The Confrontation on Mount Carmel (Scene 2)
Let’s review again the theme and purpose of 1 Kings 18. It is the story of Elijah’s confrontation with the priests of Baal on Mount Carmel. But equally important, it is also the story of the end of the three-and-a-half years of drought in the land of Israel. In fact, the confrontation on Mount Carmel was designed to show that the drought was not merely an unfortunate coincidence of nature, but Yahweh’s discipline as the one and only true God. The rain and the end of the drought were likewise the work of Yahweh, and not Baal, the so-called god of thunder, rain, and fertility.
In the process of developing this larger story and its truth, a number of smaller incidents occur and each has its own message to tell. In other words, there is the big picture, the main plot of the story, and there are also smaller stories, each with its own lesson. As believers in Christ, we are all part of a big picture which includes many little stories each with opportunities for growth, ministry, and glory to God. We want to focus our attention on Elijah’s meeting with Obadiah, a fellow believer, and see how Elijah ministered to him.
Three-and-half-years had passed since Elijah marched up the steps of the palace and into the throne room of King Ahab to announce the fact there would be no rain again except by the word of the Prophet who was, of course, but the mouth piece of the Lord. The clouds and the rain had been driven from the land of Israel, and the pain and misery within the kingdom had become more and more pressing.
Ahab had searched both the land and the neighboring countries for Elijah, but in vain. He was angry and frustrated over his futile attempts to locate the prophet (18:10). Furthermore, Jezebel had worked her futile vengeance on all the prophets of the Lord that she could get her hands on, as if they had been Elijah’s accomplices and their deaths would somehow bring an end to the drought (18:4). Perhaps she thought if all the representatives of Yahweh were exterminated, His power could no longer be exercised in the land. Primarily, it was her desire to get revenge and crush all resistance to her insidious will that drove her to kill the prophets.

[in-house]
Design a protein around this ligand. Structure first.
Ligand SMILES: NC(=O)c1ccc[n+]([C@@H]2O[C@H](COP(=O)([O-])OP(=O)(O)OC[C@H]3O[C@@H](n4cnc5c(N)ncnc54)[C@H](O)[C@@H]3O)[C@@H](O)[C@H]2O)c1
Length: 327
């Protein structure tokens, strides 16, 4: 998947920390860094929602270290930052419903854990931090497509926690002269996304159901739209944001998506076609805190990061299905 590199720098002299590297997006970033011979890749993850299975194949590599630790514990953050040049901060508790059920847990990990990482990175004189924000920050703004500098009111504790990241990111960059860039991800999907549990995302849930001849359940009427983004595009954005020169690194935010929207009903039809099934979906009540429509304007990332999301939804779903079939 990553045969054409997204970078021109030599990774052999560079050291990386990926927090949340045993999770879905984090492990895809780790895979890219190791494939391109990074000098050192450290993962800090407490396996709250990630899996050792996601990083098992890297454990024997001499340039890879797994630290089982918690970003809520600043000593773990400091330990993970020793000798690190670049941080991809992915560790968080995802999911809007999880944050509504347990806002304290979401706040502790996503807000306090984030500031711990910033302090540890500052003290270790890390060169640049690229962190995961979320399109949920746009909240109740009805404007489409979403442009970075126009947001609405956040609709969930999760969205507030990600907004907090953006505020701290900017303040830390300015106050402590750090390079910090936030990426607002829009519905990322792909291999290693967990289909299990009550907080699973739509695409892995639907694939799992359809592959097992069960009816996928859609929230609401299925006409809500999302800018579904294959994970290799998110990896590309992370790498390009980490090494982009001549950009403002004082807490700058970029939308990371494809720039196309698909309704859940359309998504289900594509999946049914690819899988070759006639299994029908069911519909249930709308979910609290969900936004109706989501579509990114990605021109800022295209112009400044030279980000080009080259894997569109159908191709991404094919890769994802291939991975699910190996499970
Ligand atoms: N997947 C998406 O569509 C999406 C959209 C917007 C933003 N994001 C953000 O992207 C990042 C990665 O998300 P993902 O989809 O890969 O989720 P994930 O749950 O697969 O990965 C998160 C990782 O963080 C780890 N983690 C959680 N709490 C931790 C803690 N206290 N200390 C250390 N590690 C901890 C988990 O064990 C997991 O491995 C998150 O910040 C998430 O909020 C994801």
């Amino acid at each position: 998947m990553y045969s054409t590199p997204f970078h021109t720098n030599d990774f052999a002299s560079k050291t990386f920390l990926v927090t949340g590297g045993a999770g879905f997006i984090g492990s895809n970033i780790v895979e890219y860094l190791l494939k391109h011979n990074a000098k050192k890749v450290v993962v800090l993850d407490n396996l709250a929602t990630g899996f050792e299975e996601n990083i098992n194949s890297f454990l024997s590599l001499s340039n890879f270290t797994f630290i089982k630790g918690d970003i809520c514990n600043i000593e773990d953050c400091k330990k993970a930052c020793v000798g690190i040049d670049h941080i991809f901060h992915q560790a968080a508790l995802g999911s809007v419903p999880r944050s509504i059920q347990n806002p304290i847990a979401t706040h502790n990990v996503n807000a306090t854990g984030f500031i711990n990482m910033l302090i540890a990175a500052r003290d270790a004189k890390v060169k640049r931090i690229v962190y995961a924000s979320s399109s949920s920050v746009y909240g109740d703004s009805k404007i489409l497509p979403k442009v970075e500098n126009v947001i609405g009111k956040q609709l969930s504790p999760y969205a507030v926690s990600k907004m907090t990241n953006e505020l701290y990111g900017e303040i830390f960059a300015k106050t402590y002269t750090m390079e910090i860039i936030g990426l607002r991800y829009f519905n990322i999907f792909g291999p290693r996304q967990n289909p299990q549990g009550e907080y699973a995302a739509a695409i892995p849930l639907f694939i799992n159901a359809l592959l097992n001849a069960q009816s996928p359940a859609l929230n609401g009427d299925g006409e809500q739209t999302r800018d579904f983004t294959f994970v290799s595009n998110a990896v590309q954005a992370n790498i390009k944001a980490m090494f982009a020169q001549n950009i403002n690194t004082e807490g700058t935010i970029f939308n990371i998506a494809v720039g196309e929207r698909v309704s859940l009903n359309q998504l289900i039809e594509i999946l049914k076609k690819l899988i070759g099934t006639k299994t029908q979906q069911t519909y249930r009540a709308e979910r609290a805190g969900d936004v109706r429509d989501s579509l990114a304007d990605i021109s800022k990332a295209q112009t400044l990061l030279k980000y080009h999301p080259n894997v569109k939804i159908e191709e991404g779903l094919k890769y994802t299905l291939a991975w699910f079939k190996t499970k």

Weary day after weary day crept by with the sun rising and sinking on a cloudless sky over an arid land. There was no sign of relief. Ahab stayed in Samaria to attend to pressing matters caused by the drought while Jezebel was in the cool summer residence at Jezreel (cf. 18:45-46; 21:1-2).
In the meantime, the Word of the Lord came to Elijah who is told to show himself to King Ahab. This meant it was time to demonstrate the power of the true God and to face the nation with a decision to choose for the Lord. Therefore, in the verses that follow, God providentially worked to bring about the meeting with Ahab through another of God’s servants named Obadiah. But, as is always the case, the Lord works on many fronts at the same time. Not only was He working to bring Elijah and King Ahab together, but He would use Elijah in the life of Obadiah to strengthen his faith and broaden his capacity for ministry. This story shows us how, in the process of using us in God’s primary purpose, the Lord also wants to use us with others whom He brings into our lives along the way. Life is full of opportunities for ministry if only we have eyes to see them!